Deans' stroke musings

Changing stroke rehab and research worldwide now.Time is Brain!Just think of all the trillions and trillions of neurons that DIE each day because there are NO effective hyperacute therapies besides tPA(only 12% effective). I have 493 posts on hyperacute therapy, enough for researchers to spend decades proving them out. These are my personal ideas and blog on stroke rehabilitation and stroke research. Do not attempt any of these without checking with your medical provider. Unless you join me in agitating, when you need these therapies they won't be there.

What this blog is for:

Shortly after getting out of the hospital and getting NO information on the process or protocols of stroke rehabilitation and recovery I started searching on the internet and found that no other survivor received useful information. This is an attempt to cover all stroke rehabilitation information that should be readily available to survivors so they can talk with informed knowledge to their medical staff. It's quite disgusting that this information is not available from every stroke association and doctors group.
My back ground story is here:http://oc1dean.blogspot.com/2010/11/my-background-story_8.html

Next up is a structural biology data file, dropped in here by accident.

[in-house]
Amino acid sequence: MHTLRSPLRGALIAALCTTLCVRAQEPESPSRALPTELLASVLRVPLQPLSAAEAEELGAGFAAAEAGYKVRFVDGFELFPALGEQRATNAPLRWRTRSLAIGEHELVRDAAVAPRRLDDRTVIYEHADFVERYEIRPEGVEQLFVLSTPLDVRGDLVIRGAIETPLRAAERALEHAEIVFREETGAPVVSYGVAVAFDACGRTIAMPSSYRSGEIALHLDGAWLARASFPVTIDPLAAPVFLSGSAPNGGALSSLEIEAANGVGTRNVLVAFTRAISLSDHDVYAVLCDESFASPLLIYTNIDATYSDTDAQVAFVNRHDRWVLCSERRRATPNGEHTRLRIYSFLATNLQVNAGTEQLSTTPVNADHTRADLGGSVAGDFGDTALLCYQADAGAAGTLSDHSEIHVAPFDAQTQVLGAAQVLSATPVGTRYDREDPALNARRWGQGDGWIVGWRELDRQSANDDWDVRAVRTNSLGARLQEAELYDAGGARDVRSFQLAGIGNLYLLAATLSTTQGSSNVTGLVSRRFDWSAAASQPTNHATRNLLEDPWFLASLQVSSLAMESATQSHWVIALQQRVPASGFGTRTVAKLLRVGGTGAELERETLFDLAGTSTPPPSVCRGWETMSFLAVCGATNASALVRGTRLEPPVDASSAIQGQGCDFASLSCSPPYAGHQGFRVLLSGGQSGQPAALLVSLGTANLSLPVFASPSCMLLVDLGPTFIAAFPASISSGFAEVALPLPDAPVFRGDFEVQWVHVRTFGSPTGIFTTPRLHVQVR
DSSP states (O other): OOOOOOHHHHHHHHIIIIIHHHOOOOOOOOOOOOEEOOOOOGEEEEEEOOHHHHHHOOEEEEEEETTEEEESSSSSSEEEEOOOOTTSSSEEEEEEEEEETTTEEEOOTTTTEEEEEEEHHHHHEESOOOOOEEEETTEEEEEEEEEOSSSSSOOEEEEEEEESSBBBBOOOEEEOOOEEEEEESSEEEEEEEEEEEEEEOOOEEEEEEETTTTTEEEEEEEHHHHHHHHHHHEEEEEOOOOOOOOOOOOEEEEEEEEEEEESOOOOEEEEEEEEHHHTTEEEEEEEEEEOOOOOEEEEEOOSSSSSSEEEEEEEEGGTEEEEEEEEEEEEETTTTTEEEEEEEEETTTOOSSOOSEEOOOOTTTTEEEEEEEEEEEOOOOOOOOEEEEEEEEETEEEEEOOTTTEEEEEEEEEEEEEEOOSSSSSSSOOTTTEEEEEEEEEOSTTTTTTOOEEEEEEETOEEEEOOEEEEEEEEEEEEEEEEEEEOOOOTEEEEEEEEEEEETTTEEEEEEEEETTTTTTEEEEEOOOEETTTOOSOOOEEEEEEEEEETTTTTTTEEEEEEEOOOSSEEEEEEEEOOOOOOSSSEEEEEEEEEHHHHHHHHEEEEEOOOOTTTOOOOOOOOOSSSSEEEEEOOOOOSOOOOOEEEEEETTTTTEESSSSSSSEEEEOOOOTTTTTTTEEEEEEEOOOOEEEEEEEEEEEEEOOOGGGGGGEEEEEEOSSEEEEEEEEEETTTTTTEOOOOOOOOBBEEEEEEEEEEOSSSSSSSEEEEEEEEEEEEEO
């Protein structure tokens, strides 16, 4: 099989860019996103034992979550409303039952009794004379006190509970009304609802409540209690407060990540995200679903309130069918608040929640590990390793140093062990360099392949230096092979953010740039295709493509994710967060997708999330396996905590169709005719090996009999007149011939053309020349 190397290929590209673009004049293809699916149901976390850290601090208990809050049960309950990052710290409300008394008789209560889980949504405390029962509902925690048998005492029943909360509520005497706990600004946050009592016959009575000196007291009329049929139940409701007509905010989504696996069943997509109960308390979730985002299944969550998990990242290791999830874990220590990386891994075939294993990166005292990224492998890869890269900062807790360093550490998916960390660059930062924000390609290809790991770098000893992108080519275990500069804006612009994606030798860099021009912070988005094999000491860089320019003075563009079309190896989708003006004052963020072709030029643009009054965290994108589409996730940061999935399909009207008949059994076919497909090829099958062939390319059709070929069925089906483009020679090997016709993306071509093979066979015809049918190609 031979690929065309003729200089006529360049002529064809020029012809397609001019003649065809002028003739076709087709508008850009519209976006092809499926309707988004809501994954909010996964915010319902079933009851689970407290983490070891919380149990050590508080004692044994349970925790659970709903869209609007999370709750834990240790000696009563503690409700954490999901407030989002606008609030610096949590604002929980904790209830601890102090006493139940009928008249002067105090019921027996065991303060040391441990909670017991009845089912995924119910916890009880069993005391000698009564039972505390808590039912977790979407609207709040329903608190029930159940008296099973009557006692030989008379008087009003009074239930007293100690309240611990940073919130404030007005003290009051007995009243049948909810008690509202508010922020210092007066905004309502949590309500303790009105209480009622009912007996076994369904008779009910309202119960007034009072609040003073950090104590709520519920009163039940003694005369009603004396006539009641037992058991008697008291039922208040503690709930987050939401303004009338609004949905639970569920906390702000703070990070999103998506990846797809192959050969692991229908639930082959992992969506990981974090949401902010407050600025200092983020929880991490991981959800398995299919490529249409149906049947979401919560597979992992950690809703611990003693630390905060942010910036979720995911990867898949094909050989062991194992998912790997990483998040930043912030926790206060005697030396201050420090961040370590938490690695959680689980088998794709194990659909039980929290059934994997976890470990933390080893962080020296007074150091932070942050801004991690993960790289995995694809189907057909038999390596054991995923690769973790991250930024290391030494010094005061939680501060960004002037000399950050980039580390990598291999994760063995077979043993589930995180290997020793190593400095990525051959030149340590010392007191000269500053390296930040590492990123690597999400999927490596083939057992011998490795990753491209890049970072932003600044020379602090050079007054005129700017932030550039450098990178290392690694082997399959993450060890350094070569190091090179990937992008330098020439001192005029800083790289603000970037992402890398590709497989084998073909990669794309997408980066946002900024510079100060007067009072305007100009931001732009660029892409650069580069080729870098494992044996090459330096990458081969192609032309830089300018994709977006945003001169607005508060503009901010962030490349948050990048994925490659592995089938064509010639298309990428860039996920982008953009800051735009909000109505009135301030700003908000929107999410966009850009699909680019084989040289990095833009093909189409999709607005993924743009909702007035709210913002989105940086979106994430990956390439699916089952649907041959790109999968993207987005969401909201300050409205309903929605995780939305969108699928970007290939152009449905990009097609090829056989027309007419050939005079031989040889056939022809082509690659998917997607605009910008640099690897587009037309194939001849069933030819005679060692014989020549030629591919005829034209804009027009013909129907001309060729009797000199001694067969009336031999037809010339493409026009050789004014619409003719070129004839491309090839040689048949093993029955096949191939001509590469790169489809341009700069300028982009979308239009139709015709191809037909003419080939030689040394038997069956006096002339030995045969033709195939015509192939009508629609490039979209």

Wednesday, February 21, 2018

Second-order peer reviews of clinically relevant articles for the physiatrist: Additional weekend therapy may reduce length of rehabilitation stay after stroke: A meta-analysis of individual patient data

My God, A review of a review. I didn't think someone could get so lazy.
https://search.naric.com/research/rehab/redesign_record.cfm?search=2&type=all&criteria=J77570&phrase=no&rec=135506&article_source=Rehab&international=0&international_language=&international_location=
American Journal of Physical Medicine and Rehabilitation , Volume 96(12) , Pgs. e214-e216.

NARIC Accession Number: J77570.  What's this?
ISSN: 0894-9115.
Author(s): Teasell, Robert; Cotoi, Andreea.
Publication Year: 2017.
Number of Pages: 3.
Abstract: This is a second-order peer review of the article by English et al. that determined whether additional weekend therapy (physiotherapy and/or occupational therapy) reduced the length of rehabilitation stay compared with weekday-only therapy in people with stroke. Secondary goals were to determine whether additional weekend therapy improved walking and activities of daily living at discharge and health-related quality of life at 6 months after discharge and lastly which characteristics were associated with shorter length of rehabilitation stay. This article reviews the methods, results, validity of conclusions, strengths and limitations, and clinical utility of the study.
Descriptor Terms: OCCUPATIONAL THERAPY, OUTCOMES, PEER REVIEW, PHYSICAL THERAPY, REHABILITATION RESEARCH, REHABILITATION SERVICES, RESEARCH METHODOLOGY, SERVICE DELIVERY, STROKE.


Can this document be ordered through NARIC's document delivery service*?: Y.

Citation: Teasell, Robert, Cotoi, Andreea. (2017). Second-order peer reviews of clinically relevant articles for the physiatrist: Additional weekend therapy may reduce length of rehabilitation stay after stroke: A meta-analysis of individual patient data.  American Journal of Physical Medicine and Rehabilitation , 96(12), Pgs. e214-e216. Retrieved 2/21/2018, from REHABDATA database.

No comments:

Post a Comment